3. Cardiolipin-Bid Interaction following Apoptotic Triggering
In this respect, CL acts as the mitochondrial receptor for Bid , providing specificity for targeting of t-Bid to mitochondria, regulating the oligomerization of Bax  and mobilization of cytochrome . It seems plausible that targeting and recruitment of tBid to lipid microdomains, most likely through CL binding, may be necessary for formation of multiprotein complexes which regulate changes in the mitochondrial morphology [43, 47, 61–63].
CL remodelling involves relocation to the outer mitochondrial membrane as well as to extramitochondrial compartments , with rapid deacylation into mono- and dilysocardiolipin (with three and two acyl chains, resp.). These metabolites are transported to the endoplasmic reticulum (ER) for efficient reacylation into the mature forms of CL found in mitochondria, in a process that seems to be facilitated by lipid transfer proteins including Bid . Interestingly, Bid has lipid transfer activity between ER and mitochondria, since it preferentially interacts with negatively charged phospholipids like PG , which are precursors of CL. This suggests that Bid may be involved in the synthesis or recycling of CL. Indeed, CL biosynthesis has been found to be critically affected in a model of lipid-induced apoptosis , consistent with the observation that the mitochondrial content of CL decreases during apoptosis .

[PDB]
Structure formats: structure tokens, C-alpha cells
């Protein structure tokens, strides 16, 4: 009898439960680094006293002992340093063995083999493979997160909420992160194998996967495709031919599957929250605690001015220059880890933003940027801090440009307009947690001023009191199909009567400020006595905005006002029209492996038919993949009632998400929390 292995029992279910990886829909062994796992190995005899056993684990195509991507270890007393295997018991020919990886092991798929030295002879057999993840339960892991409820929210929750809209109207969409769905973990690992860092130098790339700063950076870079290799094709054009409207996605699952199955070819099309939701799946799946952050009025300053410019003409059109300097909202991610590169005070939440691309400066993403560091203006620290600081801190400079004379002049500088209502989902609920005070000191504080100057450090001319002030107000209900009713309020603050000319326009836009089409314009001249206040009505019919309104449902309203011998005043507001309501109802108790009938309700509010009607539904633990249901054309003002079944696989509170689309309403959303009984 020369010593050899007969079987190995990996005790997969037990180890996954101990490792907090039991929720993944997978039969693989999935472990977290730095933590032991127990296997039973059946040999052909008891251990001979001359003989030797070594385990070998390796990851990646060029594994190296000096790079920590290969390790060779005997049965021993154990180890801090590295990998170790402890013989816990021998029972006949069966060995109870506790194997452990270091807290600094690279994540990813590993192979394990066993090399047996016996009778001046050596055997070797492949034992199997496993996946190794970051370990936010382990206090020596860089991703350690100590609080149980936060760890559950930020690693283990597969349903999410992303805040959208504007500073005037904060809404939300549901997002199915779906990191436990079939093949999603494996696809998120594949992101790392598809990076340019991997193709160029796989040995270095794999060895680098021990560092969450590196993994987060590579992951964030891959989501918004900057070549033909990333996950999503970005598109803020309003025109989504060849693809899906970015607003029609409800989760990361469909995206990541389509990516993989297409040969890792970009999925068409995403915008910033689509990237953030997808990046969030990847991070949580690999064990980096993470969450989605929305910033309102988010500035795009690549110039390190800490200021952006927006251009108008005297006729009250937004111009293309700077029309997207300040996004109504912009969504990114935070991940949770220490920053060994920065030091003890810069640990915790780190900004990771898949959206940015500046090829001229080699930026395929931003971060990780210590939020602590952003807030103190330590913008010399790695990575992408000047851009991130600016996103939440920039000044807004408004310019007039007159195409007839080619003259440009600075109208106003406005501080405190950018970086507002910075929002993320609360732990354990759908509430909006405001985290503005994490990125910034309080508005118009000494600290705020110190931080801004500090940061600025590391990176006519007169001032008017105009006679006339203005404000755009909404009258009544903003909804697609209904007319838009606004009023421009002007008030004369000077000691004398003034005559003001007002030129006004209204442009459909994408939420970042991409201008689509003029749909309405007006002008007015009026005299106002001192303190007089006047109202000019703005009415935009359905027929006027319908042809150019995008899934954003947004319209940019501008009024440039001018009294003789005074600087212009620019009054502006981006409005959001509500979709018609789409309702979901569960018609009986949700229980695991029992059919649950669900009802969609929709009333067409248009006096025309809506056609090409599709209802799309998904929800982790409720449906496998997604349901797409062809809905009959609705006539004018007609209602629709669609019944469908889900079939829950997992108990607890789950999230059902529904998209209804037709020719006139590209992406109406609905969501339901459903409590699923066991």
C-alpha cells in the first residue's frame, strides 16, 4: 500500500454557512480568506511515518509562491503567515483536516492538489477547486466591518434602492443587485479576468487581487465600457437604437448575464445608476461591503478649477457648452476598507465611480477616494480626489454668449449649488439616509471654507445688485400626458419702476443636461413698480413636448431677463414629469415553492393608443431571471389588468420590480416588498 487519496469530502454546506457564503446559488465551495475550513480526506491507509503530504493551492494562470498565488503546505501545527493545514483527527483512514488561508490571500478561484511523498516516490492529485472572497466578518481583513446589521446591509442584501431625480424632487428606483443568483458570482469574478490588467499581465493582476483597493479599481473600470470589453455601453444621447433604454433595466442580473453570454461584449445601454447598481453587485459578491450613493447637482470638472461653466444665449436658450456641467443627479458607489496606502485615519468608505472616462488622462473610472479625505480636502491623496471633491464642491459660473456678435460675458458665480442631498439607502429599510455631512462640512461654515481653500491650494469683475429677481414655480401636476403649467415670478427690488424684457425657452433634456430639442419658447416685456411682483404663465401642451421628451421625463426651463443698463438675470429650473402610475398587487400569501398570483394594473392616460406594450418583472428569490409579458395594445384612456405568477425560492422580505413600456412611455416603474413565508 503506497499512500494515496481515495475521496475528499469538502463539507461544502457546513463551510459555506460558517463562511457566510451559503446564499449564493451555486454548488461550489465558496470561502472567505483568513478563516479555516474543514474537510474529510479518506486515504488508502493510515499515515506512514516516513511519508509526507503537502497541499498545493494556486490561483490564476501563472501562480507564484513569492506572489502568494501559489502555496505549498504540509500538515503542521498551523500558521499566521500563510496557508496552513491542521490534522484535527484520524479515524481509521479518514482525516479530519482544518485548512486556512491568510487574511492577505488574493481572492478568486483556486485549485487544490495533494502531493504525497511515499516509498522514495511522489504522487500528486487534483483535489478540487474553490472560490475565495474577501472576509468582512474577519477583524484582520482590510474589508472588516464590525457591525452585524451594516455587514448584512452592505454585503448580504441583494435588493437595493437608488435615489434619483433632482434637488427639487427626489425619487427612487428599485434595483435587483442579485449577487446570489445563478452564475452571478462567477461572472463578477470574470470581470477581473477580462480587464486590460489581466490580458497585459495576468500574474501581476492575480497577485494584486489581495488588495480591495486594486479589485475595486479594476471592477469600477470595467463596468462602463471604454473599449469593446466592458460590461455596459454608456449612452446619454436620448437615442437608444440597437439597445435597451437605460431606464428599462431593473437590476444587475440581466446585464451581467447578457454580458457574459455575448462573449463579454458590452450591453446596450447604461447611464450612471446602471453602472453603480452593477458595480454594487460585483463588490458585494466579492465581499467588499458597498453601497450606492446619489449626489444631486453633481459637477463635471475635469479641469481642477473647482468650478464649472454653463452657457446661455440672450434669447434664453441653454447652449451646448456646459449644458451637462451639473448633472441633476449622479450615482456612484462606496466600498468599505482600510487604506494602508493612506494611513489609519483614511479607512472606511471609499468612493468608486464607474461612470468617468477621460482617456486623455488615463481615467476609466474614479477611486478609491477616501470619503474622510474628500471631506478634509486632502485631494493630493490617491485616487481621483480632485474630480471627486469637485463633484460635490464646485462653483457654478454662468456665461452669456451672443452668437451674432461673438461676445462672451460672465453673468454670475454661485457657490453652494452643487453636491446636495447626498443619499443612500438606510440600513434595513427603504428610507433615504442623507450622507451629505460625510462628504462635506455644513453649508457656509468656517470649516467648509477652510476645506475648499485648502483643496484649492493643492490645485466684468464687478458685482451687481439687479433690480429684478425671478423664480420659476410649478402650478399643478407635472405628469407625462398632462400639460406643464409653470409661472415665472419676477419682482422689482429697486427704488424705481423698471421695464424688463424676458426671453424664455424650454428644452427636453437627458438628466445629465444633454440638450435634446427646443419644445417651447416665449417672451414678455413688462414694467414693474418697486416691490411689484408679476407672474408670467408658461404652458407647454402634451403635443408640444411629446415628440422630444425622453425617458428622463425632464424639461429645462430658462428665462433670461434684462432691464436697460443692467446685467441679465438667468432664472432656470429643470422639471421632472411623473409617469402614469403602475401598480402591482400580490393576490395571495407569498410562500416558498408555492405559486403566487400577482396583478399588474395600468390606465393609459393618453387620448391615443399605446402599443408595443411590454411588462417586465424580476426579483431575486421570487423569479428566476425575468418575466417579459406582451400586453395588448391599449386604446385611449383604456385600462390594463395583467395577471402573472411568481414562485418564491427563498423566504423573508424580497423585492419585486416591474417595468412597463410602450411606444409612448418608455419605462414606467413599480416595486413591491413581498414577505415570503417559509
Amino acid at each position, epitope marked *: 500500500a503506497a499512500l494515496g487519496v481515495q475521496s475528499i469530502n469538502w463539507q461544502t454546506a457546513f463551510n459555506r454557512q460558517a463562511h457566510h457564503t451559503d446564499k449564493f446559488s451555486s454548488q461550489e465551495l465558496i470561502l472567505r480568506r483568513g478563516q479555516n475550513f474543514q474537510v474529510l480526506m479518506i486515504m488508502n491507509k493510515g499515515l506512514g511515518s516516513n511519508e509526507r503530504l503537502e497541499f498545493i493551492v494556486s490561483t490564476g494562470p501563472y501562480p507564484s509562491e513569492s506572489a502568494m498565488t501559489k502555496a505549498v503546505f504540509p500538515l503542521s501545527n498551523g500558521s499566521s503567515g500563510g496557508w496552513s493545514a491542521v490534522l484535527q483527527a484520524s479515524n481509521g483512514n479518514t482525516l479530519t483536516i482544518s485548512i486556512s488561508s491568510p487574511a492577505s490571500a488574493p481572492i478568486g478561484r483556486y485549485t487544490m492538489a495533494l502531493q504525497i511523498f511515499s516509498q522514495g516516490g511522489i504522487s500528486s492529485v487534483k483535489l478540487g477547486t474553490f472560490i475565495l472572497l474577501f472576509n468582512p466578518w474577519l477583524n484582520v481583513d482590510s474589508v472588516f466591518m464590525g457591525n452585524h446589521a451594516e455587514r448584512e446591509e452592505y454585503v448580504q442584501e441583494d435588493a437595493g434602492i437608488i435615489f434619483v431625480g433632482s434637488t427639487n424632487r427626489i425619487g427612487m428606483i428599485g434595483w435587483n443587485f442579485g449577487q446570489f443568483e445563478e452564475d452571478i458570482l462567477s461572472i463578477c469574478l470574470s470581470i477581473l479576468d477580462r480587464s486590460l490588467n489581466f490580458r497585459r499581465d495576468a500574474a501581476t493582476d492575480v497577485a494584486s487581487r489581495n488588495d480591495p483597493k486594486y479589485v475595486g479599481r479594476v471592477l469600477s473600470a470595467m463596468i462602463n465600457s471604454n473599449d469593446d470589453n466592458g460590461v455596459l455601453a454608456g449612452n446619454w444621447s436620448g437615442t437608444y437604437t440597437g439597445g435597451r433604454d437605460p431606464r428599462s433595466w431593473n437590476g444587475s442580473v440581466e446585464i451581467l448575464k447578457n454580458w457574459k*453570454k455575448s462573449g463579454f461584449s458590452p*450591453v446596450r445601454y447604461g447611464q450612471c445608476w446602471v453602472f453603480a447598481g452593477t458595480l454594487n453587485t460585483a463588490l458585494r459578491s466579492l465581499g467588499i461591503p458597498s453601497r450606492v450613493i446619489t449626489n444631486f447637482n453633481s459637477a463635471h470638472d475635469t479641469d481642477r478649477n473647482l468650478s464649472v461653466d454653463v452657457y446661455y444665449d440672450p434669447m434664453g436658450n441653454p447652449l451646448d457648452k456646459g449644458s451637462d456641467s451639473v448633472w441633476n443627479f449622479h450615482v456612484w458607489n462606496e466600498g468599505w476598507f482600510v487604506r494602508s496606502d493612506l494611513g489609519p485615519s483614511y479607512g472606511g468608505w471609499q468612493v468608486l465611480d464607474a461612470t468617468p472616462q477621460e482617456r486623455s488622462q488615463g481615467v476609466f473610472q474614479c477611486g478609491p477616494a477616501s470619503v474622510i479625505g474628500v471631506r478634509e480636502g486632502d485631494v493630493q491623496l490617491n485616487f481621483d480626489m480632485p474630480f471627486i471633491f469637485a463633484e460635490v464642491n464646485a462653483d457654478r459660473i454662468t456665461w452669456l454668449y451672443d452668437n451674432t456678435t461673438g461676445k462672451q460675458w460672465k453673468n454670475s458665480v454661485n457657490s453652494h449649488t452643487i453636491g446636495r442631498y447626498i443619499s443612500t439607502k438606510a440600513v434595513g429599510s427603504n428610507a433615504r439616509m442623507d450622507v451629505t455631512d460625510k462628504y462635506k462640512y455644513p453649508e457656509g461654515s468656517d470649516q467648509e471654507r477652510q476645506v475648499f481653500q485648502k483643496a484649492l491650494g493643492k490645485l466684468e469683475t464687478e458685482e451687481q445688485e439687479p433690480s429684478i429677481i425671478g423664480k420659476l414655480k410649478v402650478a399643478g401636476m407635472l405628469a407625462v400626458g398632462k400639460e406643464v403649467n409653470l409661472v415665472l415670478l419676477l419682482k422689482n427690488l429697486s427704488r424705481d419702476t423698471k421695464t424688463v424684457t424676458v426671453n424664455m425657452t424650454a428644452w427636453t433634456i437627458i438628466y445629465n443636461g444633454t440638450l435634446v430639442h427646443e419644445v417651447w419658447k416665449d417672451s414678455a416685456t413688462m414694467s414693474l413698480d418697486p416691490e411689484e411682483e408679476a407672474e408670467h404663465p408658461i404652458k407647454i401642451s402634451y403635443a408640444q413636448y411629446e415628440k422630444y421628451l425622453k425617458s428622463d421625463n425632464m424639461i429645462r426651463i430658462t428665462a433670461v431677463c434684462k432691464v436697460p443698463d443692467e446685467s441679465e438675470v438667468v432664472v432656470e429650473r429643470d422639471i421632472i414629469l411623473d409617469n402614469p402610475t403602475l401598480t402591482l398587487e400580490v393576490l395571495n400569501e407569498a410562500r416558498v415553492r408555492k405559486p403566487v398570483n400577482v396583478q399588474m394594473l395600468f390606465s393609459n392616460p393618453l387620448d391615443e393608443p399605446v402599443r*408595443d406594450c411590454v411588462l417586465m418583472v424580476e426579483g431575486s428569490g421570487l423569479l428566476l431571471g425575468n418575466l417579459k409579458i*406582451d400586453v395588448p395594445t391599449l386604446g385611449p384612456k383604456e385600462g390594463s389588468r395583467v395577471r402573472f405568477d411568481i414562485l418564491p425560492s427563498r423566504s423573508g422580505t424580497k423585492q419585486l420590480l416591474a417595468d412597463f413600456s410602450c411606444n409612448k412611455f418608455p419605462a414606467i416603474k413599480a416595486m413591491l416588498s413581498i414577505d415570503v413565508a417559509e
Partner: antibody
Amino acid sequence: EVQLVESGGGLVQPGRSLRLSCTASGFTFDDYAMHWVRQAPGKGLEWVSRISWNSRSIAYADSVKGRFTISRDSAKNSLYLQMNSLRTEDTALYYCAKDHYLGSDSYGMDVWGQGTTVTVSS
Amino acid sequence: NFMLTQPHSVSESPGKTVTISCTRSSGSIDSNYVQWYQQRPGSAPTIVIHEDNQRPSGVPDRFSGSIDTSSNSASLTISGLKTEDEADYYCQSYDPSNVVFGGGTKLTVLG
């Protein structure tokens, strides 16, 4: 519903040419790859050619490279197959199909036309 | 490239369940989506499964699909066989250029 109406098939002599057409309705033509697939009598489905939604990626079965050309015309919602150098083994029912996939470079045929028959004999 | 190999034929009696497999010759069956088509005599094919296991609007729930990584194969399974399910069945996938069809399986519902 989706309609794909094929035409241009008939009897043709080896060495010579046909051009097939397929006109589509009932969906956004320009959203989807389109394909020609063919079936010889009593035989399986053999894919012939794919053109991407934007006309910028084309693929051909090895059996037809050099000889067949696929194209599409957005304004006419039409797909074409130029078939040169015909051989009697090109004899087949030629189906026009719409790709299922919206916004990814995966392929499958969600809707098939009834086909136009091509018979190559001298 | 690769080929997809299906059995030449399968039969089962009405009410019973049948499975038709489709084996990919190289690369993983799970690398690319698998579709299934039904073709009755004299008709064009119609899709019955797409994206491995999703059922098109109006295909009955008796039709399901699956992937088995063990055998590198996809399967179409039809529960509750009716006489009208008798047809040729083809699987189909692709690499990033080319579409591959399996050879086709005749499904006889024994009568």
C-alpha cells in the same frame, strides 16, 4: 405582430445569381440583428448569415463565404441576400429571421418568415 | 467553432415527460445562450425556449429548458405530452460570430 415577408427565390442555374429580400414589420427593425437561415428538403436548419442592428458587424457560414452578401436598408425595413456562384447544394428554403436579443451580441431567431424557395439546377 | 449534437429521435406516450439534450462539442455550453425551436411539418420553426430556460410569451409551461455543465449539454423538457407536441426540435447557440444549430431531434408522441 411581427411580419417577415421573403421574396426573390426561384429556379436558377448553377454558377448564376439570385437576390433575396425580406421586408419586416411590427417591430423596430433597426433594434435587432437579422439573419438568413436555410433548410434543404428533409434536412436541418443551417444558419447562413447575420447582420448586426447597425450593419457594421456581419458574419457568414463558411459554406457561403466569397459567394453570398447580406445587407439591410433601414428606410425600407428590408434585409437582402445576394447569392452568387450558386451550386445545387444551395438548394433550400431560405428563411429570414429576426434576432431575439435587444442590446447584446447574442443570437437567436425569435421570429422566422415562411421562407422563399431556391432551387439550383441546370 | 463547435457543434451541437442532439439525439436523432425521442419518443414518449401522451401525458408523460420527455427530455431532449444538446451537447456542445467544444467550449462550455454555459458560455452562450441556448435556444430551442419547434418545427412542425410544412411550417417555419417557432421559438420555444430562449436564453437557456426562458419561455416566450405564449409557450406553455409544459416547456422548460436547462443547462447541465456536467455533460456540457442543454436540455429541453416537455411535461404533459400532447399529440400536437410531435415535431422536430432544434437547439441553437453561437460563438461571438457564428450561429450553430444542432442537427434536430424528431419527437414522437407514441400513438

We can frame the findings that Bid binds to CL  and transports its precursors  in the context of CL remodelling in mitochondrial membranes, which is likely to be fundamental for their integrity. Preservation or alteration of OMM integrity is essential to the anti- or proapoptotic action of the different proteins of the Bcl-2 family . The first factor that affects these death regulators is their association with the OMM. Some, like Bcl-2 itself, are permanent resident. Conversely, proapoptotic proteins, such as Bid and Bim, predominantly reside in other cell compartments but move to the OMM in response to apoptotic stimuli. Because this mitochondrial relocation is relatively rapid and generally precedes the membrane damage that allows the release of cytochrome into the cytosol, it could derive from some lipid signal generated by upstream activation of phospholipid-mobilising enzymes. So far, emphasis has been put on protein interactions and modifications that can affect the mitochondrial association of proapoptotic Bcl-2 proteins following death signalling [59, 68]. However, several examples exist of proteins that rapidly associate with mitochondria in response to a lipid signal, including -independent phospholipase A2  and lipoxygenase .